LOCATION: El Segundo Golf Course
DOCKET NO.: 01-6978
DECIDED BY: Rehnquist Court (1986-2005)
LOWER COURT: State appellate court
CITATION: 538 US 11 (2003)
ARGUED: Nov 05, 2002
DECIDED: Mar 05, 2003
Andrew H. Schapiro - for Families Against Mandatory Minimums as amicus curiae urging reversal
Donald M. Falk - for Families Against Mandatory Minimums as amicus curiae urging reversal
Deputy Attorney General - for respondent
Donald E. De Nicola - on behalf of the Respondent
Dennis L. Stout - for the California District Attorneys Association as amicus curiae
Grover D. Merritt - for the California District Attorneys Association as amicus curiae
Michael Chertoff - for United States, as amicus curiae, supporting the Respondent
Mary Price - for Families Against Mandatory Minimums as amicus curiae urging reversal
Quin Denvir - on behalf of the Petitioner
Facts of the case
On March 12, 2000, Gary Ewing, a serial offender with a long history of criminal convictions, was arrested for stealing three golf clubs, each worth $399, from a Los Angeles-area golf course. At the time of his arrest, Ewing was on parole from a 9-year prison term for convictions in three burglaries and one robbery. Under California's three strikes law, another felony conviction would require a sentence of 25 years to life. Ewing was charged with and convicted of one count of felony grand theft for the incident at the golf course. During sentencing, Ewing requested the judge in the case exercise discretion permitted under California law and reduce the conviction to a misdemeanor. The judge declined and sentenced Ewing in accordance with the three strikes law. On appeal, Ewing argued the sentence of 25 years to life was grossly disproportionate to the crime and therefore a violation of the Eighth Amendment protection against cruel and unusual punishments. The court, reasoning that the three strikes law served the state's legitimate interests, rejected this claim. The California Supreme Court declined to hear the case.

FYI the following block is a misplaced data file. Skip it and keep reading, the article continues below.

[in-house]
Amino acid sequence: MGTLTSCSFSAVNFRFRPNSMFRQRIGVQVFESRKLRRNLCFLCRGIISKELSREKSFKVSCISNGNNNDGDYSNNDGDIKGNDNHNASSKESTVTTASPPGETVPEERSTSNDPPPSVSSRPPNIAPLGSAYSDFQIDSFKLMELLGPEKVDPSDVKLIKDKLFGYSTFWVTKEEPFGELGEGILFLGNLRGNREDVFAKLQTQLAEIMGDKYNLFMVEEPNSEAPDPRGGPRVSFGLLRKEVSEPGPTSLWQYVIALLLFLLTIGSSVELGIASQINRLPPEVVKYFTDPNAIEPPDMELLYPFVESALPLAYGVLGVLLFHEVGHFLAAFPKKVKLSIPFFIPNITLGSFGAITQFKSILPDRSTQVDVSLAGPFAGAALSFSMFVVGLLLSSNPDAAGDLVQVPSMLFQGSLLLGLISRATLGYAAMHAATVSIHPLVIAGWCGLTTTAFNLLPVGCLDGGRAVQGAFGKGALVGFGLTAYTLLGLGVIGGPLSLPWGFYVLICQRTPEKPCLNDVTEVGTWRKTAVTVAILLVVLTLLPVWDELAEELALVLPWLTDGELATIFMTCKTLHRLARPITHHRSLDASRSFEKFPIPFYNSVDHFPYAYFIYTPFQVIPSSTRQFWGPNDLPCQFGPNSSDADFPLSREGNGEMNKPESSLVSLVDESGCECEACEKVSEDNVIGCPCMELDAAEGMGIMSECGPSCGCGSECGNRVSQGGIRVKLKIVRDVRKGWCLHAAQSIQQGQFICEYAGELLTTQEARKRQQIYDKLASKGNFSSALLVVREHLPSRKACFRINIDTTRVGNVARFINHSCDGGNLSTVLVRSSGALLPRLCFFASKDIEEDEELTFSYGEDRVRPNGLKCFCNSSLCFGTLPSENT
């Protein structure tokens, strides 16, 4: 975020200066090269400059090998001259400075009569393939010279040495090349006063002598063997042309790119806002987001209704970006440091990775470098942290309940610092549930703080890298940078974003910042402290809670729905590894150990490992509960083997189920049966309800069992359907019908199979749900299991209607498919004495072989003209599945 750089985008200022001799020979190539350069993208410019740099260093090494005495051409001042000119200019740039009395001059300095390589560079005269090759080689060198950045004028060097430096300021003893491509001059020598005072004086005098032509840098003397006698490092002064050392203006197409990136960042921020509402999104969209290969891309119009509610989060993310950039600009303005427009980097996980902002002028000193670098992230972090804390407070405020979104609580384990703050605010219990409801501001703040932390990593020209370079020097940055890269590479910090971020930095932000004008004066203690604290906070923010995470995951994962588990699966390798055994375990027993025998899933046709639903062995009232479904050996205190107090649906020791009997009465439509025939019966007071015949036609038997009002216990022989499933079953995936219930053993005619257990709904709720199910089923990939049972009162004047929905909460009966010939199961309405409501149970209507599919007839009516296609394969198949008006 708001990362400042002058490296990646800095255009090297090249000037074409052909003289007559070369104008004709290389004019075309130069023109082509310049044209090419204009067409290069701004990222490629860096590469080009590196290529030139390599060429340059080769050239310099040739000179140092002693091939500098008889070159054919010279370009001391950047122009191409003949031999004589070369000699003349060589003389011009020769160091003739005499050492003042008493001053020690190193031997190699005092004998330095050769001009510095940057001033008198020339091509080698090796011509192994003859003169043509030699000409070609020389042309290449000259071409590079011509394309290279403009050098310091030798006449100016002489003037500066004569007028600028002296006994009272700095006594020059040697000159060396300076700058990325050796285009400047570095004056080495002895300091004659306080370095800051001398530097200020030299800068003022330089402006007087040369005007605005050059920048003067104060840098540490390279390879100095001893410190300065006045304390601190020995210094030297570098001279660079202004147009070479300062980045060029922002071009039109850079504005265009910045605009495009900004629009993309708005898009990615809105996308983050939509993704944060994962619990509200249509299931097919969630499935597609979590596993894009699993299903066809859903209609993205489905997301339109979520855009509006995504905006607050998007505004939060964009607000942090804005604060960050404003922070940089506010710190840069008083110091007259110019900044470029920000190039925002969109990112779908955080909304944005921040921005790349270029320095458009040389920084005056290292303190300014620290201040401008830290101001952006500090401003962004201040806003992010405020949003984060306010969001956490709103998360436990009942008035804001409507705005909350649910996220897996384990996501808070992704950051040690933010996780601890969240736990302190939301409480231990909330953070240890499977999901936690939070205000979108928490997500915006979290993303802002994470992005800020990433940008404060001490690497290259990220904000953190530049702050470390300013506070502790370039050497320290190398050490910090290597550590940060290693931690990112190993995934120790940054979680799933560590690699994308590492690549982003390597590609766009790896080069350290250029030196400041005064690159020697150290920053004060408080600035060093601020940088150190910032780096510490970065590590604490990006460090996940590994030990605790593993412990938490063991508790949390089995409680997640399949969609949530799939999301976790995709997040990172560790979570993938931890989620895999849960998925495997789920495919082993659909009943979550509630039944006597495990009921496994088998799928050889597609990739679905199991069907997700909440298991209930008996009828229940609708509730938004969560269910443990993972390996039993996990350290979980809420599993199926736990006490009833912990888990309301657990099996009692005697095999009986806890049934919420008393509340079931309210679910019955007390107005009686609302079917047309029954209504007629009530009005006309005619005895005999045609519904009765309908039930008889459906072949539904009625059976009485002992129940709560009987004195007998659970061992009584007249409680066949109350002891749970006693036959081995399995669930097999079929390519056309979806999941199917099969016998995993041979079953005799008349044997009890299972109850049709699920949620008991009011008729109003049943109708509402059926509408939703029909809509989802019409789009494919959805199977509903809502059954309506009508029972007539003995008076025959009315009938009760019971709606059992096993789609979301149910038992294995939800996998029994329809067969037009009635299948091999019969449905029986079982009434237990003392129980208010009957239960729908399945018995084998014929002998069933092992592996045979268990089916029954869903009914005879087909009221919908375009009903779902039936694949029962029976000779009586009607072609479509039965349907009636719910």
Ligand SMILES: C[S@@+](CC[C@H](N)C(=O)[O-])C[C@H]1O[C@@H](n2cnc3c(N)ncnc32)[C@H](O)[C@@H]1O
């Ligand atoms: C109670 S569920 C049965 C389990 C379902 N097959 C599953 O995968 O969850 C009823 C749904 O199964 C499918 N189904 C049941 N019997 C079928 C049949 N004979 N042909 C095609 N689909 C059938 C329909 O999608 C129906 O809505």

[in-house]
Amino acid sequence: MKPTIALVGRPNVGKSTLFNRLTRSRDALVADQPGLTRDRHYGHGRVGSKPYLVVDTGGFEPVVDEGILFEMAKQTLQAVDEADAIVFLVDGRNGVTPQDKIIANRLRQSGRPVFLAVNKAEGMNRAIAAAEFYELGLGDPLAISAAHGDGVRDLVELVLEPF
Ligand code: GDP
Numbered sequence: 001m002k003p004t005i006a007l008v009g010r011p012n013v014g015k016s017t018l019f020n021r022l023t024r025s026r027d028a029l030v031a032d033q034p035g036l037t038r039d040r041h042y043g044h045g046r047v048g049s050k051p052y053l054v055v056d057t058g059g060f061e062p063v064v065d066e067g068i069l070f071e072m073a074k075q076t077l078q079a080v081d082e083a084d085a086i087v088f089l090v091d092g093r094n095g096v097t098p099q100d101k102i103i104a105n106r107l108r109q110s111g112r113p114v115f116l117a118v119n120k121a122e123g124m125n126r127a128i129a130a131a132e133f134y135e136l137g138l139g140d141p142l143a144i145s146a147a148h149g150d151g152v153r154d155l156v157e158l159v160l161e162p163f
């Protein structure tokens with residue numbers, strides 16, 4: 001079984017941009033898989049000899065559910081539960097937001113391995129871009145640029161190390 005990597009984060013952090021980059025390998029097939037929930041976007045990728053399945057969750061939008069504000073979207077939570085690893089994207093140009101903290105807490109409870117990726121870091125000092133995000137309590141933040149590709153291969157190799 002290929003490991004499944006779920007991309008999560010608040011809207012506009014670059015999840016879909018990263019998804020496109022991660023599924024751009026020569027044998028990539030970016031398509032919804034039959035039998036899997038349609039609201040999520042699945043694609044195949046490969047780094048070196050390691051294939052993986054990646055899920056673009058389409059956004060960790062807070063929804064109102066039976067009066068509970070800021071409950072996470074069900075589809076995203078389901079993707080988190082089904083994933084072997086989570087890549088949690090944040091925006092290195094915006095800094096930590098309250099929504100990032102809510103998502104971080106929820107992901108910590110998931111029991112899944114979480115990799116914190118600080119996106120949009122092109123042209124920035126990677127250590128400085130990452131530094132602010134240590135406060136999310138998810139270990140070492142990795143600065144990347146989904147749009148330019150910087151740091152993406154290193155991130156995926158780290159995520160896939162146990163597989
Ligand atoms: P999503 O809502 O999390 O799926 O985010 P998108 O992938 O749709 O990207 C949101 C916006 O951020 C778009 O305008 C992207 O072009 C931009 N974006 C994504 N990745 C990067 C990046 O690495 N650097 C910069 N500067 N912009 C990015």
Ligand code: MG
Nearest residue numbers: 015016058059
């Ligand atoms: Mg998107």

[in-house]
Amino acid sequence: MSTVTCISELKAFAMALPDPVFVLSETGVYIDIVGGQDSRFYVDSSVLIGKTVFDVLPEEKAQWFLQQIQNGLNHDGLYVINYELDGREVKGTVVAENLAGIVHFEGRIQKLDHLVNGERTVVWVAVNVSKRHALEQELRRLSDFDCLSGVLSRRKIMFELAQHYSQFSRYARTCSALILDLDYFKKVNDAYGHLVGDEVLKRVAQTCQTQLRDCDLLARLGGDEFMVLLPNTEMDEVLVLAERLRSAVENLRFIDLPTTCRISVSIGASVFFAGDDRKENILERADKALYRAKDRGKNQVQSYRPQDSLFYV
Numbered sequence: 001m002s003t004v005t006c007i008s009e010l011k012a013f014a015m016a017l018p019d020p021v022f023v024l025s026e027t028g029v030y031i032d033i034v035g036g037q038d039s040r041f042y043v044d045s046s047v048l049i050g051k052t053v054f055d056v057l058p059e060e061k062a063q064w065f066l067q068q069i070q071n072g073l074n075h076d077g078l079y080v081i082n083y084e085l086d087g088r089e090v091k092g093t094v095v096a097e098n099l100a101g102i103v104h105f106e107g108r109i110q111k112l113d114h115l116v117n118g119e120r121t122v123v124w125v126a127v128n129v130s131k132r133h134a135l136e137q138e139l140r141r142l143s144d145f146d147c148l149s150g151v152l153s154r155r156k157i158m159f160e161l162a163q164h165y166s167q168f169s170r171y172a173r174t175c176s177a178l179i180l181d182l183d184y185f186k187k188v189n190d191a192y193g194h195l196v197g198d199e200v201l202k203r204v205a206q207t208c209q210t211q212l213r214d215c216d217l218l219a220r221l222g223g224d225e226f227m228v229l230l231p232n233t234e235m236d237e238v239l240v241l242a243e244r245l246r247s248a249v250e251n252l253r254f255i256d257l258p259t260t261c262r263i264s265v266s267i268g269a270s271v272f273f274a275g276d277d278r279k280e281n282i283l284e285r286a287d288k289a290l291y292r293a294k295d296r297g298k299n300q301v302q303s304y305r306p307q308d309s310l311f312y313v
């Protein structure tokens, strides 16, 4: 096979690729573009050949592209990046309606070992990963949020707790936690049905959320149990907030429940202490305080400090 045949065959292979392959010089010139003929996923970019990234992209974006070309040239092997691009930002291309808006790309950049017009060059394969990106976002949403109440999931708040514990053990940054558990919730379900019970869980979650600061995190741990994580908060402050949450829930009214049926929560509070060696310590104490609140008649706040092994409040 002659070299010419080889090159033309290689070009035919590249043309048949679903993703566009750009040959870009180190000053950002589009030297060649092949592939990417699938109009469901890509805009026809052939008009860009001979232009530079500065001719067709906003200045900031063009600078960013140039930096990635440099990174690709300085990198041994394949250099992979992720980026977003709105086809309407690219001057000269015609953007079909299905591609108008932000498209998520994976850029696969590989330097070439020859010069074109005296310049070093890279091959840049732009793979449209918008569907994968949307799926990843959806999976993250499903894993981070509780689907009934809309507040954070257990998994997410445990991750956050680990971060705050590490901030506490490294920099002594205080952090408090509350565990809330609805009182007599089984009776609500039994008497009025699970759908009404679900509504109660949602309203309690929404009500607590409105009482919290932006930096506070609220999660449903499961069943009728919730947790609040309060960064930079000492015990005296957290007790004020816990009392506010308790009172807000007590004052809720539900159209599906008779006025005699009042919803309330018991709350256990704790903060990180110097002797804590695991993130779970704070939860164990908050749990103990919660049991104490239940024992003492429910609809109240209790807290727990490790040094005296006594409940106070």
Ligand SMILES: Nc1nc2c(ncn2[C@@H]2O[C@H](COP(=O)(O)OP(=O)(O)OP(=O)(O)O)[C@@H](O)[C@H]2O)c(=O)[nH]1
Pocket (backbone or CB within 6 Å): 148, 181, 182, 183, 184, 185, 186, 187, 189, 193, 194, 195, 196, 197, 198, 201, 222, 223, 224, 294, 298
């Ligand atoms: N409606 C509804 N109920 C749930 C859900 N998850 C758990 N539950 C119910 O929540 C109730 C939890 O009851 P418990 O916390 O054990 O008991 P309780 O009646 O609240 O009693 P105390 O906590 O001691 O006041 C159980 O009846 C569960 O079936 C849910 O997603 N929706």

Did Ewing's sentence of 25 years to life, in accordance with California's three strikes law, violate the Eighth Amendment protection against cruel and unusual punishment?
Media for Ewing v. CaliforniaAudio Transcription for Oral Argument - November 05, 2002 in Ewing v. California
Audio Transcription for Opinion Announcement - March 05, 2003 in Ewing v. California
William H. Rehnquist: